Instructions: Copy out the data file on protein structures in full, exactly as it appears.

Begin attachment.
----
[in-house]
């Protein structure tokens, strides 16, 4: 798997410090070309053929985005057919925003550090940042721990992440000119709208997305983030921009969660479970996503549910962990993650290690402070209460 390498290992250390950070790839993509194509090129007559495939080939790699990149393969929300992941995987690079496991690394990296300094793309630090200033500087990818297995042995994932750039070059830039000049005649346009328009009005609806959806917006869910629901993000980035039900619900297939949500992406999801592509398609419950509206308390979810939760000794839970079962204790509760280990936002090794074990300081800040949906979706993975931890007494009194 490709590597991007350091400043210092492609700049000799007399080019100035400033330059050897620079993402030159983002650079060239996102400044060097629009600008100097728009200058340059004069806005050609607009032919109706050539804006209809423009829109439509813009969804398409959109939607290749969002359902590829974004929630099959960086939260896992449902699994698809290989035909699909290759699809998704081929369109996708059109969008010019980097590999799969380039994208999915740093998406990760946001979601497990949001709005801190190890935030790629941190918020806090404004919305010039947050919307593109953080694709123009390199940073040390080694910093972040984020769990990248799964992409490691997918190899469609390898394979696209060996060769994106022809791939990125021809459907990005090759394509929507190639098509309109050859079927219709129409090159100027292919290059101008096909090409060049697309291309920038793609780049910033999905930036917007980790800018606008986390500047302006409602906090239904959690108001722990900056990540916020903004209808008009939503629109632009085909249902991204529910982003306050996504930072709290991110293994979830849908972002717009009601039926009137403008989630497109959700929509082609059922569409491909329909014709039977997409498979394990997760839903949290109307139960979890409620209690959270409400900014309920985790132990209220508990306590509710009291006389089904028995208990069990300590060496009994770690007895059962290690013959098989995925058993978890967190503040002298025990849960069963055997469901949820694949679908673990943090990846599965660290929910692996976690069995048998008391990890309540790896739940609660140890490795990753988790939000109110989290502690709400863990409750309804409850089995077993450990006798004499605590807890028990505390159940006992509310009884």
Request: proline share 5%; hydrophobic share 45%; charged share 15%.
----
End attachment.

[in-house]
């Protein structure tokens, strides 16, 4: 798997410090070309053929985005057919925003550090940042721990992440000119709208997305983030921009969660479970996503549910962990993650290690402070209460 390498290992250390950070790839993509194509090129007559495939080939790699990149393969929300992941995987690079496991690394990296300094793309630090200033500087990818297995042995994932750039070059830039000049005649346009328009009005609806959806917006869910629901993000980035039900619900297939949500992406999801592509398609419950509206308390979810939760000794839970079962204790509760280990936002090794074990300081800040949906979706993975931890007494009194 490709590597991007350091400043210092492609700049000799007399080019100035400033330059050897620079993402030159983002650079060239996102400044060097629009600008100097728009200058340059004069806005050609607009032919109706050539804006209809423009829109439509813009969804398409959109939607290749969002359902590829974004929630099959960086939260896992449902699994698809290989035909699909290759699809998704081929369109996708059109969008010019980097590999799969380039994208999915740093998406990760946001979601497990949001709005801190190890935030790629941190918020806090404004919305010039947050919307593109953080694709123009390199940073040390080694910093972040984020769990990248799964992409490691997918190899469609390898394979696209060996060769994106022809791939990125021809459907990005090759394509929507190639098509309109050859079927219709129409090159100027292919290059101008096909090409060049697309291309920038793609780049910033999905930036917007980790800018606008986390500047302006409602906090239904959690108001722990900056990540916020903004209808008009939503629109632009085909249902991204529910982003306050996504930072709290991110293994979830849908972002717009009601039926009137403008989630497109959700929509082609059922569409491909329909014709039977997409498979394990997760839903949290109307139960979890409620209690959270409400900014309920985790132990209220508990306590509710009291006389089904028995208990069990300590060496009994770690007895059962290690013959098989995925058993978890967190503040002298025990849960069963055997469901949820694949679908673990943090990846599965660290929910692996976690069995048998008391990890309540790896739940609660140890490795990753988790939000109110989290502690709400863990409750309804409850089995077993450990006798004499605590807890028990505390159940006992509310009884």
Request: proline share 5%; hydrophobic share 45%; charged share 15%.